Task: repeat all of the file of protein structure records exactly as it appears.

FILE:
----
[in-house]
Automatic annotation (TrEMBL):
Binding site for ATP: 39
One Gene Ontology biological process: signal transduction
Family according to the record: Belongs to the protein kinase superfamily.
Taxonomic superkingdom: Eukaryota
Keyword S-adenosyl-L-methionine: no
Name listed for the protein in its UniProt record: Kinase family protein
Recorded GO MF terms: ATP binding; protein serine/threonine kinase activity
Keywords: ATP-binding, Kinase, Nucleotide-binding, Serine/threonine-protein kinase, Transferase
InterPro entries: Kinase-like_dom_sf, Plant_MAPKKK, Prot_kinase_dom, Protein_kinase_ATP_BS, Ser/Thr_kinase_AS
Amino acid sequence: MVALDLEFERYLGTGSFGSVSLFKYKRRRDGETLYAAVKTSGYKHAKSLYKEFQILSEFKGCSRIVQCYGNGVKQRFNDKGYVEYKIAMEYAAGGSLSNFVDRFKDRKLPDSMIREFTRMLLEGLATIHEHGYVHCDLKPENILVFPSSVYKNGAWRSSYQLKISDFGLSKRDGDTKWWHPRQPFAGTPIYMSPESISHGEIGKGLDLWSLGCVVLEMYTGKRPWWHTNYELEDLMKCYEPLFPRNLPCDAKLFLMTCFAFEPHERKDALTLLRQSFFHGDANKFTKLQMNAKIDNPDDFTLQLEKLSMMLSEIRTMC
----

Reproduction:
[in-house]
Automatic annotation (TrEMBL):
Binding site for ATP: 39
One Gene Ontology biological process: signal transduction
Family according to the record: Belongs to the protein kinase superfamily.
Taxonomic superkingdom: Eukaryota
Keyword S-adenosyl-L-methionine: no
Name listed for the protein in its UniProt record: Kinase family protein
Recorded GO MF terms: ATP binding; protein serine/threonine kinase activity
Keywords: ATP-binding, Kinase, Nucleotide-binding, Serine/threonine-protein kinase, Transferase
InterPro entries: Kinase-like_dom_sf, Plant_MAPKKK, Prot_kinase_dom, Protein_kinase_ATP_BS, Ser/Thr_kinase_AS
Amino acid sequence: MVALDLEFERYLGTGSFGSVSLFKYKRRRDGETLYAAVKTSGYKHAKSLYKEFQILSEFKGCSRIVQCYGNGVKQRFNDKGYVEYKIAMEYAAGGSLSNFVDRFKDRKLPDSMIREFTRMLLEGLATIHEHGYVHCDLKPENILVFPSSVYKNGAWRSSYQLKISDFGLSKRDGDTKWWHPRQPFAGTPIYMSPESISHGEIGKGLDLWSLGCVVLEMYTGKRPWWHTNYELEDLMKCYEPLFPRNLPCDAKLFLMTCFAFEPHERKDALTLLRQSFFHGDANKFTKLQMNAKIDNPDDFTLQLEKLSMMLSEIRTMC